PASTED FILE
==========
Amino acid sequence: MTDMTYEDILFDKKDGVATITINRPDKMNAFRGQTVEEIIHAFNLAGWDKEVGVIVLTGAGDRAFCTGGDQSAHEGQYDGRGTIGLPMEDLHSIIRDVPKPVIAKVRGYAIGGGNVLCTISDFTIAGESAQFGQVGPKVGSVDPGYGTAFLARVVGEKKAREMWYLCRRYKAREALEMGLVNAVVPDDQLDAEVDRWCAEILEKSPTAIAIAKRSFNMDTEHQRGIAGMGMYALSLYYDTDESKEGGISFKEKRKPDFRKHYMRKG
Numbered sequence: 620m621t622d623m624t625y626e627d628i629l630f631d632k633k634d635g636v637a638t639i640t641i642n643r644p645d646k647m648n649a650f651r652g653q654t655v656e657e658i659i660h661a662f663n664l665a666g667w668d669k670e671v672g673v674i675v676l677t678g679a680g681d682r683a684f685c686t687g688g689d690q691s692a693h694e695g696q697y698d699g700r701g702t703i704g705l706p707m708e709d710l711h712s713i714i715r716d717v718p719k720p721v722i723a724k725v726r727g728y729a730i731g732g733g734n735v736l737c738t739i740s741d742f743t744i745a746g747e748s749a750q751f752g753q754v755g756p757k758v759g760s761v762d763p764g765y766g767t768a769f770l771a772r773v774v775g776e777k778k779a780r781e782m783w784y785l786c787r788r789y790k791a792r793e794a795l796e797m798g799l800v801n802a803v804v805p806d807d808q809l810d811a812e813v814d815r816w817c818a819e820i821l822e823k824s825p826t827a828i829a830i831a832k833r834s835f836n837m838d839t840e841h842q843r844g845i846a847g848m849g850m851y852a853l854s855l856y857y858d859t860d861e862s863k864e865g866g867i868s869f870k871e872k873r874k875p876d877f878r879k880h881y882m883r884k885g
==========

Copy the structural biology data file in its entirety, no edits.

Amino acid sequence: MTDMTYEDILFDKKDGVATITINRPDKMNAFRGQTVEEIIHAFNLAGWDKEVGVIVLTGAGDRAFCTGGDQSAHEGQYDGRGTIGLPMEDLHSIIRDVPKPVIAKVRGYAIGGGNVLCTISDFTIAGESAQFGQVGPKVGSVDPGYGTAFLARVVGEKKAREMWYLCRRYKAREALEMGLVNAVVPDDQLDAEVDRWCAEILEKSPTAIAIAKRSFNMDTEHQRGIAGMGMYALSLYYDTDESKEGGISFKEKRKPDFRKHYMRKG
Numbered sequence: 620m621t622d623m624t625y626e627d628i629l630f631d632k633k634d635g636v637a638t639i640t641i642n643r644p645d646k647m648n649a650f651r652g653q654t655v656e657e658i659i660h661a662f663n664l665a666g667w668d669k670e671v672g673v674i675v676l677t678g679a680g681d682r683a684f685c686t687g688g689d690q691s692a693h694e695g696q697y698d699g700r701g702t703i704g705l706p707m708e709d710l711h712s713i714i715r716d717v718p719k720p721v722i723a724k725v726r727g728y729a730i731g732g733g734n735v736l737c738t739i740s741d742f743t744i745a746g747e748s749a750q751f752g753q754v755g756p757k758v759g760s761v762d763p764g765y766g767t768a769f770l771a772r773v774v775g776e777k778k779a780r781e782m783w784y785l786c787r788r789y790k791a792r793e794a795l796e797m798g799l800v801n802a803v804v805p806d807d808q809l810d811a812e813v814d815r816w817c818a819e820i821l822e823k824s825p826t827a828i829a830i831a832k833r834s835f836n837m838d839t840e841h842q843r844g845i846a847g848m849g850m851y852a853l854s855l856y857y858d859t860d861e862s863k864e865g866g867i868s869f870k871e872k873r874k875p876d877f878r879k880h881y882m883r884k885g